The Mulu Pinnacles Trek in Mulu National Park is one of the best known treks in Malaysia Borneo, though I couldn’t easily find information online about it.
Mulu Pinnacles Climb from Camp 5
This is information for the Mulu Pinnacles Trek climb only, for more information about our entire trip see article on Camp 5 and Mulu National Park which will give you more details about the facilities and what to bring.
From camp 5 in the Mulu National Park, the Pinnacles is a steep trek involving a bit of climbing. In 2.4 kms you ascend 1.4 kms, to a magnificent view of limestone spikes, some 50 meters high.
Main points (for mulu pinnacles trek climb only)
- Have average general fitness, people with injures may find it difficult
- Guides regularly stop for drink breaks and wait for others to catch up
- Go at your own pace, there is one guide at the front and one behind
- Takes around 3 hours up and 3 hours down for fit people, total 6-7 hours
- No need for mosquito repellent (you’ll sweat it off almost instantly)
- The path is under tree cover all the way – no sunscreen needed
- Need 3 litres water each
- High energy snacks (can be bought at Camp 5 or Mulu National Park, but expensive)
- Shoes with good grip – can buy at Mulu National Park head quarters (can be done in trainers, but you’ll likely slip/trip a lot)
- Gloves are worth taking, fingerless biking gloves worked well, cheap gloves can be bought at Mulu National Park Headquarters
- Pay for a guide and book in advance for camp 5 accommodation to avoid disappointment
- Take a first aid kit with blister plasters, antihistamines and antinflamatories
- Minimum of 3 people in a party to hire a guide for the trek, when booking you can join other groups
There is a lot of negative comments on the internet about the Mulu Pinnacles Trek. I am 28 years old, and I have done a lot of treks in New Zealand, but none with such humidity in the rain forest, I have a knee and ankle injury that plays up a bit. I don’t consider myself fit as I don’t exercise with cardio regularly, we’re back packing travellers so we do walk a lot and do some short exercise routines sporadically.
I was so afraid of this trek from peoples comments on the internet that I almost cancelled the trip. Arriving at camp 5, a young guy said it was worse than the marathon he had ran. On our trek, a young lady with us sprained her ankle in the first 30 minutes (she had a re-occurring injury) but completed the whole trek, it just took a little longer (2 hours).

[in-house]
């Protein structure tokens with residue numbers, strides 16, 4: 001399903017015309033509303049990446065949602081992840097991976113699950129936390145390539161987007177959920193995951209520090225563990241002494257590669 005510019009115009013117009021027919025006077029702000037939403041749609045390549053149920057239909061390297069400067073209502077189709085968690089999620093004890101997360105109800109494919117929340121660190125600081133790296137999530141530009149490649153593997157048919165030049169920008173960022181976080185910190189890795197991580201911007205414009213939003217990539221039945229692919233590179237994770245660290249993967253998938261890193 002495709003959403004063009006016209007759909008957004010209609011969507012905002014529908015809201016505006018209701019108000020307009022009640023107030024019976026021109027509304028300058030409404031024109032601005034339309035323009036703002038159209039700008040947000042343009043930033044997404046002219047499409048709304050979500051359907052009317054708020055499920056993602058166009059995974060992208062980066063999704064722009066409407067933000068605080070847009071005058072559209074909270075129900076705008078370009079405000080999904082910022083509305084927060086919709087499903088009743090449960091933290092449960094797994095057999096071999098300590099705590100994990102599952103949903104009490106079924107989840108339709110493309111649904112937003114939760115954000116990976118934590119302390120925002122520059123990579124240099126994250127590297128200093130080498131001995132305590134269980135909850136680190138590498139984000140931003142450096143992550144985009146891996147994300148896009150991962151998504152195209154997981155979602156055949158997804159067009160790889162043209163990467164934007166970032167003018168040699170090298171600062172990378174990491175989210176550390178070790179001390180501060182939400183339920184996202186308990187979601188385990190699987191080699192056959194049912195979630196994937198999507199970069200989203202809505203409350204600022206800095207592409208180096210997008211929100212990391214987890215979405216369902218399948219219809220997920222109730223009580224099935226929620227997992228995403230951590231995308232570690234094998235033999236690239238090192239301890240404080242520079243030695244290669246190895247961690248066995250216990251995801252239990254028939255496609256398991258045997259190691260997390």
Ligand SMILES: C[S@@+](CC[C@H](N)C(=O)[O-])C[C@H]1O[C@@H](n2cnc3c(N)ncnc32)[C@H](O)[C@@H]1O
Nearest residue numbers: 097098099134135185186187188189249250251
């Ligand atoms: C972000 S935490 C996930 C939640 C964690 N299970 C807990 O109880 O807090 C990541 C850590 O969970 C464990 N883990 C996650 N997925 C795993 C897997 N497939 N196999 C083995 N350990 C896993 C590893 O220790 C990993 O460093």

Before our climb it had rained the night before, so it was cooler than normal, but very slippery. Our trek was not much more difficult than other hill treks I have done, it is steep and there is climbing involved, but if you take it slowly you’ll very likely succeed.
Our guide gave us a talk the night before about the climb and what to expect and what conditions would cancel it at any point. He emphasised always “go at our own pace“.
We left at 6.15 am, by then it was already light. Our group had 11 plus 2 guides.
Stage one is a short walk down the path to the start of the hill. From here there is a rocky terrain that is mainly walking, some scrambling, for around 45 mins to get to the ‘mini Pinnacles’. This stage is more humid but the early start helps avoid the heat of the day.
If you take over 1 hour to reach here, the guides will ask you to go back to camp for your own safety. We only had one group member that went back at this point, she was in her 60s with knee problems. Not long after, a young woman had to go back, she had almost no fitness and had not trekked before. Her boyfriend went back with her.
Stage two is from the mini pinnacles until the ladders, the terrain stays the same but it is cooler. It took us around another hour and a half to complete this, including regular stops. The ladders meant the start of the climbing section. I didn’t find it hard, but a lot of fun! Just under an hour and we were at the top, before 10.30am.
We even did a dance – check out our Mulu Pinnacles Trek Dance to celebrate.
Keep an eye out for the cute mountain shrews, they like to nip in to steal your lunch!
Stage three is our descent which was less laborious but more difficult. Most people slipped several times, so be very careful on you descent and hold onto ropes or anything around you for support. I squatted down to step rather than jump down and my knees weren’t even sore at all.
We got back to Camp 5 by 1.45pm, having had an hour at the top and multiple stops.
I enjoyed every step and there were some wonderful creatures to see along the way: red leaf monkey, giant snails and ants, mountain shrews and other insects we didn’t even know.
I wouldn’t hesitate to do it again, although others did find it harder than I did, they all agreed it wasn’t a marathon. Please don’t be put off, it’s worth a try, it was such a wonderful trek, check out our photographs below, leave a reply below if you would like any further information or want to share your Mulu Pinnacles Trek experience.